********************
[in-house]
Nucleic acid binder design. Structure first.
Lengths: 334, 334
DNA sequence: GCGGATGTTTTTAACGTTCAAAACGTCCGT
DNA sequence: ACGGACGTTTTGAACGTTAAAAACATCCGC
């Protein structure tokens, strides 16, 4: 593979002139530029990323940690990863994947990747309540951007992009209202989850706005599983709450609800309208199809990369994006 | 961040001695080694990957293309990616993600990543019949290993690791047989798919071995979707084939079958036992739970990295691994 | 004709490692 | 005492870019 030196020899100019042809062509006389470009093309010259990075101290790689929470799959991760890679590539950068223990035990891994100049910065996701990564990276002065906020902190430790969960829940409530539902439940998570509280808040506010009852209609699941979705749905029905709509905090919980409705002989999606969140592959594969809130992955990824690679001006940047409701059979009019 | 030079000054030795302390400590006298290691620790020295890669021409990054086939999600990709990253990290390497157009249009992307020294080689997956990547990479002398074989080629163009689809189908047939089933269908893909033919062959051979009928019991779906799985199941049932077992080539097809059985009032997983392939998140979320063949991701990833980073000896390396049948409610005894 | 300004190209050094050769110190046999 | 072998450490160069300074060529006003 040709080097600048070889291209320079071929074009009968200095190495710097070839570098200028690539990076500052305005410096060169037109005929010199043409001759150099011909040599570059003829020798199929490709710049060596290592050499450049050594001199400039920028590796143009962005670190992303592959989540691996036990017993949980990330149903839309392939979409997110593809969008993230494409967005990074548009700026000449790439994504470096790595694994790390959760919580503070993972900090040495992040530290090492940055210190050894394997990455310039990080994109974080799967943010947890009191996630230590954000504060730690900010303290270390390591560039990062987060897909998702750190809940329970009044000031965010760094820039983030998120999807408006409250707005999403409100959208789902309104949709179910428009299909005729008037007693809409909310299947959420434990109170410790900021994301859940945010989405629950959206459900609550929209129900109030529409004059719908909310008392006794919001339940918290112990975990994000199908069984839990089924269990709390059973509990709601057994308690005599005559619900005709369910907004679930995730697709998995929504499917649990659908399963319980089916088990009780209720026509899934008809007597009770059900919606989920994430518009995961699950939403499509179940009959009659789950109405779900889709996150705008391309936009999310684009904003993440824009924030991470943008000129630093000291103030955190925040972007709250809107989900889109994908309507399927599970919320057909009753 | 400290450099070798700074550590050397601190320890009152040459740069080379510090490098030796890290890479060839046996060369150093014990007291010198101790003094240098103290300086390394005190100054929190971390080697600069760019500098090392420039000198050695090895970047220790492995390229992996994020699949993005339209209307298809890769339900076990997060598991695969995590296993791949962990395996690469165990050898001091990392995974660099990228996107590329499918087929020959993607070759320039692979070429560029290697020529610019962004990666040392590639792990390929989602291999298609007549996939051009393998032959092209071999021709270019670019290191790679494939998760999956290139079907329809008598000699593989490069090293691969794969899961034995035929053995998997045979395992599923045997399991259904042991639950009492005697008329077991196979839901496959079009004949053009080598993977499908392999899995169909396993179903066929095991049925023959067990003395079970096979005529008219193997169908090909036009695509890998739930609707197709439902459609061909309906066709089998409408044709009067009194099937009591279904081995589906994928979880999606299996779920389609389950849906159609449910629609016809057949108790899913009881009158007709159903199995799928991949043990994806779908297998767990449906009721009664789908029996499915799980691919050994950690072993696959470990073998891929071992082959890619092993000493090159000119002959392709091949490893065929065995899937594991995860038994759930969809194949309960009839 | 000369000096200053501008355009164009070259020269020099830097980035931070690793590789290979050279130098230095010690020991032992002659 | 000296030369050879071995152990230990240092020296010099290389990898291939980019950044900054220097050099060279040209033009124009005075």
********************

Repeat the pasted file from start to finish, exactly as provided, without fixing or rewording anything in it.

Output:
[in-house]
Nucleic acid binder design. Structure first.
Lengths: 334, 334
DNA sequence: GCGGATGTTTTTAACGTTCAAAACGTCCGT
DNA sequence: ACGGACGTTTTGAACGTTAAAAACATCCGC
């Protein structure tokens, strides 16, 4: 593979002139530029990323940690990863994947990747309540951007992009209202989850706005599983709450609800309208199809990369994006 | 961040001695080694990957293309990616993600990543019949290993690791047989798919071995979707084939079958036992739970990295691994 | 004709490692 | 005492870019 030196020899100019042809062509006389470009093309010259990075101290790689929470799959991760890679590539950068223990035990891994100049910065996701990564990276002065906020902190430790969960829940409530539902439940998570509280808040506010009852209609699941979705749905029905709509905090919980409705002989999606969140592959594969809130992955990824690679001006940047409701059979009019 | 030079000054030795302390400590006298290691620790020295890669021409990054086939999600990709990253990290390497157009249009992307020294080689997956990547990479002398074989080629163009689809189908047939089933269908893909033919062959051979009928019991779906799985199941049932077992080539097809059985009032997983392939998140979320063949991701990833980073000896390396049948409610005894 | 300004190209050094050769110190046999 | 072998450490160069300074060529006003 040709080097600048070889291209320079071929074009009968200095190495710097070839570098200028690539990076500052305005410096060169037109005929010199043409001759150099011909040599570059003829020798199929490709710049060596290592050499450049050594001199400039920028590796143009962005670190992303592959989540691996036990017993949980990330149903839309392939979409997110593809969008993230494409967005990074548009700026000449790439994504470096790595694994790390959760919580503070993972900090040495992040530290090492940055210190050894394997990455310039990080994109974080799967943010947890009191996630230590954000504060730690900010303290270390390591560039990062987060897909998702750190809940329970009044000031965010760094820039983030998120999807408006409250707005999403409100959208789902309104949709179910428009299909005729008037007693809409909310299947959420434990109170410790900021994301859940945010989405629950959206459900609550929209129900109030529409004059719908909310008392006794919001339940918290112990975990994000199908069984839990089924269990709390059973509990709601057994308690005599005559619900005709369910907004679930995730697709998995929504499917649990659908399963319980089916088990009780209720026509899934008809007597009770059900919606989920994430518009995961699950939403499509179940009959009659789950109405779900889709996150705008391309936009999310684009904003993440824009924030991470943008000129630093000291103030955190925040972007709250809107989900889109994908309507399927599970919320057909009753 | 400290450099070798700074550590050397601190320890009152040459740069080379510090490098030796890290890479060839046996060369150093014990007291010198101790003094240098103290300086390394005190100054929190971390080697600069760019500098090392420039000198050695090895970047220790492995390229992996994020699949993005339209209307298809890769339900076990997060598991695969995590296993791949962990395996690469165990050898001091990392995974660099990228996107590329499918087929020959993607070759320039692979070429560029290697020529610019962004990666040392590639792990390929989602291999298609007549996939051009393998032959092209071999021709270019670019290191790679494939998760999956290139079907329809008598000699593989490069090293691969794969899961034995035929053995998997045979395992599923045997399991259904042991639950009492005697008329077991196979839901496959079009004949053009080598993977499908392999899995169909396993179903066929095991049925023959067990003395079970096979005529008219193997169908090909036009695509890998739930609707197709439902459609061909309906066709089998409408044709009067009194099937009591279904081995589906994928979880999606299996779920389609389950849906159609449910629609016809057949108790899913009881009158007709159903199995799928991949043990994806779908297998767990449906009721009664789908029996499915799980691919050994950690072993696959470990073998891929071992082959890619092993000493090159000119002959392709091949490893065929065995899937594991995860038994759930969809194949309960009839 | 000369000096200053501008355009164009070259020269020099830097980035931070690793590789290979050279130098230095010690020991032992002659 | 000296030369050879071995152990230990240092020296010099290389990898291939980019950044900054220097050099060279040209033009124009005075």